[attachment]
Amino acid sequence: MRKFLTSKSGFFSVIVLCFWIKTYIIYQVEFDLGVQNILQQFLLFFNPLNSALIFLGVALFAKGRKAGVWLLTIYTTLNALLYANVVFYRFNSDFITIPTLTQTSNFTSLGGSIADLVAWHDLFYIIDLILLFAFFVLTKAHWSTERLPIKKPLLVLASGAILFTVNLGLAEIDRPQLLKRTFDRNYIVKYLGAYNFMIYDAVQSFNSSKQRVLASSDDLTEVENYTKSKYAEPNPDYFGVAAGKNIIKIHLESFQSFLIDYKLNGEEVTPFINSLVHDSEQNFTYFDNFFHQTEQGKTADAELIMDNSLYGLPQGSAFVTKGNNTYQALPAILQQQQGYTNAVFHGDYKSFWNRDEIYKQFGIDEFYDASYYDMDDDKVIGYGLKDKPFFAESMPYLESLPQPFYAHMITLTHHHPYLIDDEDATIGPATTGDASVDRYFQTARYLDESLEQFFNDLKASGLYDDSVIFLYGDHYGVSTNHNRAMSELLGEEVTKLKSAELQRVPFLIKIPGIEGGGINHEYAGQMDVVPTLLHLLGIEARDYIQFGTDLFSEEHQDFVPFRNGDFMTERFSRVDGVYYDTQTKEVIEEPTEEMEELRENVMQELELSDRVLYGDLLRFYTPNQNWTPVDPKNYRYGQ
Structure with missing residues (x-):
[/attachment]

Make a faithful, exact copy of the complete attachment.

Amino acid sequence: MRKFLTSKSGFFSVIVLCFWIKTYIIYQVEFDLGVQNILQQFLLFFNPLNSALIFLGVALFAKGRKAGVWLLTIYTTLNALLYANVVFYRFNSDFITIPTLTQTSNFTSLGGSIADLVAWHDLFYIIDLILLFAFFVLTKAHWSTERLPIKKPLLVLASGAILFTVNLGLAEIDRPQLLKRTFDRNYIVKYLGAYNFMIYDAVQSFNSSKQRVLASSDDLTEVENYTKSKYAEPNPDYFGVAAGKNIIKIHLESFQSFLIDYKLNGEEVTPFINSLVHDSEQNFTYFDNFFHQTEQGKTADAELIMDNSLYGLPQGSAFVTKGNNTYQALPAILQQQQGYTNAVFHGDYKSFWNRDEIYKQFGIDEFYDASYYDMDDDKVIGYGLKDKPFFAESMPYLESLPQPFYAHMITLTHHHPYLIDDEDATIGPATTGDASVDRYFQTARYLDESLEQFFNDLKASGLYDDSVIFLYGDHYGVSTNHNRAMSELLGEEVTKLKSAELQRVPFLIKIPGIEGGGINHEYAGQMDVVPTLLHLLGIEARDYIQFGTDLFSEEHQDFVPFRNGDFMTERFSRVDGVYYDTQTKEVIEEPTEEMEELRENVMQELELSDRVLYGDLLRFYTPNQNWTPVDPKNYRYGQ
Structure with missing residues (x-):